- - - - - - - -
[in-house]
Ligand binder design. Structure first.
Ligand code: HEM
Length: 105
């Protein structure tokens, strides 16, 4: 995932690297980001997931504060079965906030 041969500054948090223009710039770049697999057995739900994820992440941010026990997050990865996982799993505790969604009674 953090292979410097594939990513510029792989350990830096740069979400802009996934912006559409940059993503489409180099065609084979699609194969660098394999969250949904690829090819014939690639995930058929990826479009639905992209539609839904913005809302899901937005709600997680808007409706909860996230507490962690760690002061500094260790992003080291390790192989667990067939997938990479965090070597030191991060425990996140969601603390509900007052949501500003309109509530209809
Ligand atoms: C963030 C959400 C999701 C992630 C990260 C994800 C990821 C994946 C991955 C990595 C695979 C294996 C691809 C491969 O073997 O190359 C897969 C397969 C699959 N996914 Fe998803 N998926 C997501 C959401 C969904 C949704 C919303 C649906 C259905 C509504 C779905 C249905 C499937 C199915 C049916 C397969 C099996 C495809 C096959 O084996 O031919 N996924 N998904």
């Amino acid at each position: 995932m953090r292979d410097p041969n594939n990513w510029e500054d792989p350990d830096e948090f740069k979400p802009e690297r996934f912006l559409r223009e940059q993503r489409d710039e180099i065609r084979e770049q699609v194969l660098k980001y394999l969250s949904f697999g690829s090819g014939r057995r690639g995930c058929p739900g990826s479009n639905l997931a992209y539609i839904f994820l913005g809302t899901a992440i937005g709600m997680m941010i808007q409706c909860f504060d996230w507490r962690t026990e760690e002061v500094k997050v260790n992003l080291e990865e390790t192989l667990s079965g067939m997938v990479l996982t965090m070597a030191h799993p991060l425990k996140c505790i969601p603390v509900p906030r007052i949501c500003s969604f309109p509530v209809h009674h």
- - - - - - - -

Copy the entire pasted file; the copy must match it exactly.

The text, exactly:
[in-house]
Ligand binder design. Structure first.
Ligand code: HEM
Length: 105
């Protein structure tokens, strides 16, 4: 995932690297980001997931504060079965906030 041969500054948090223009710039770049697999057995739900994820992440941010026990997050990865996982799993505790969604009674 953090292979410097594939990513510029792989350990830096740069979400802009996934912006559409940059993503489409180099065609084979699609194969660098394999969250949904690829090819014939690639995930058929990826479009639905992209539609839904913005809302899901937005709600997680808007409706909860996230507490962690760690002061500094260790992003080291390790192989667990067939997938990479965090070597030191991060425990996140969601603390509900007052949501500003309109509530209809
Ligand atoms: C963030 C959400 C999701 C992630 C990260 C994800 C990821 C994946 C991955 C990595 C695979 C294996 C691809 C491969 O073997 O190359 C897969 C397969 C699959 N996914 Fe998803 N998926 C997501 C959401 C969904 C949704 C919303 C649906 C259905 C509504 C779905 C249905 C499937 C199915 C049916 C397969 C099996 C495809 C096959 O084996 O031919 N996924 N998904």
């Amino acid at each position: 995932m953090r292979d410097p041969n594939n990513w510029e500054d792989p350990d830096e948090f740069k979400p802009e690297r996934f912006l559409r223009e940059q993503r489409d710039e180099i065609r084979e770049q699609v194969l660098k980001y394999l969250s949904f697999g690829s090819g014939r057995r690639g995930c058929p739900g990826s479009n639905l997931a992209y539609i839904f994820l913005g809302t899901a992440i937005g709600m997680m941010i808007q409706c909860f504060d996230w507490r962690t026990e760690e002061v500094k997050v260790n992003l080291e990865e390790t192989l667990s079965g067939m997938v990479l996982t965090m070597a030191h799993p991060l425990k996140c505790i969601p603390v509900p906030r007052i949501c500003s969604f309109p509530v209809h009674h």